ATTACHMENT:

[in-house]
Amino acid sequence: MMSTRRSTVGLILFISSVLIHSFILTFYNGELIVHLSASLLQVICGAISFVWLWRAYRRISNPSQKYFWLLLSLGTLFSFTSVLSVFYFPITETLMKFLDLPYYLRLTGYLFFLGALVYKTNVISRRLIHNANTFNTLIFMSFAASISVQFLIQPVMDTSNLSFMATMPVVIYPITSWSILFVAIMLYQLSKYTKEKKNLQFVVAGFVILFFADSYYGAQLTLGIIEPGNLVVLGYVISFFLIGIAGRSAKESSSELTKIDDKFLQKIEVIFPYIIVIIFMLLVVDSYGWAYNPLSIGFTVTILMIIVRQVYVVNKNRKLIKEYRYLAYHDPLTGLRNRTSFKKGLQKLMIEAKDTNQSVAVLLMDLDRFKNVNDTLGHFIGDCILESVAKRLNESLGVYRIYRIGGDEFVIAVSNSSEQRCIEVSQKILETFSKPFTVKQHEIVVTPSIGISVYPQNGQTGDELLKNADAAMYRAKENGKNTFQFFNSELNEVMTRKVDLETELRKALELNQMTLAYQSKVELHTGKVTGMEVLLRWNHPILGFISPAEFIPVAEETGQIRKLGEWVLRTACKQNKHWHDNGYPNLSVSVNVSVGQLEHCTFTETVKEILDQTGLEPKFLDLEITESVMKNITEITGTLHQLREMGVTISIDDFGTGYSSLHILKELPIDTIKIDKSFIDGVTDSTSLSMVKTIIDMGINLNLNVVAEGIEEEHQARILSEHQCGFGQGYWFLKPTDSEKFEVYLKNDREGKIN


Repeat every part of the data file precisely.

[in-house]
Amino acid sequence: MMSTRRSTVGLILFISSVLIHSFILTFYNGELIVHLSASLLQVICGAISFVWLWRAYRRISNPSQKYFWLLLSLGTLFSFTSVLSVFYFPITETLMKFLDLPYYLRLTGYLFFLGALVYKTNVISRRLIHNANTFNTLIFMSFAASISVQFLIQPVMDTSNLSFMATMPVVIYPITSWSILFVAIMLYQLSKYTKEKKNLQFVVAGFVILFFADSYYGAQLTLGIIEPGNLVVLGYVISFFLIGIAGRSAKESSSELTKIDDKFLQKIEVIFPYIIVIIFMLLVVDSYGWAYNPLSIGFTVTILMIIVRQVYVVNKNRKLIKEYRYLAYHDPLTGLRNRTSFKKGLQKLMIEAKDTNQSVAVLLMDLDRFKNVNDTLGHFIGDCILESVAKRLNESLGVYRIYRIGGDEFVIAVSNSSEQRCIEVSQKILETFSKPFTVKQHEIVVTPSIGISVYPQNGQTGDELLKNADAAMYRAKENGKNTFQFFNSELNEVMTRKVDLETELRKALELNQMTLAYQSKVELHTGKVTGMEVLLRWNHPILGFISPAEFIPVAEETGQIRKLGEWVLRTACKQNKHWHDNGYPNLSVSVNVSVGQLEHCTFTETVKEILDQTGLEPKFLDLEITESVMKNITEITGTLHQLREMGVTISIDDFGTGYSSLHILKELPIDTIKIDKSFIDGVTDSTSLSMVKTIIDMGINLNLNVVAEGIEEEHQARILSEHQCGFGQGYWFLKPTDSEKFEVYLKNDREGKIN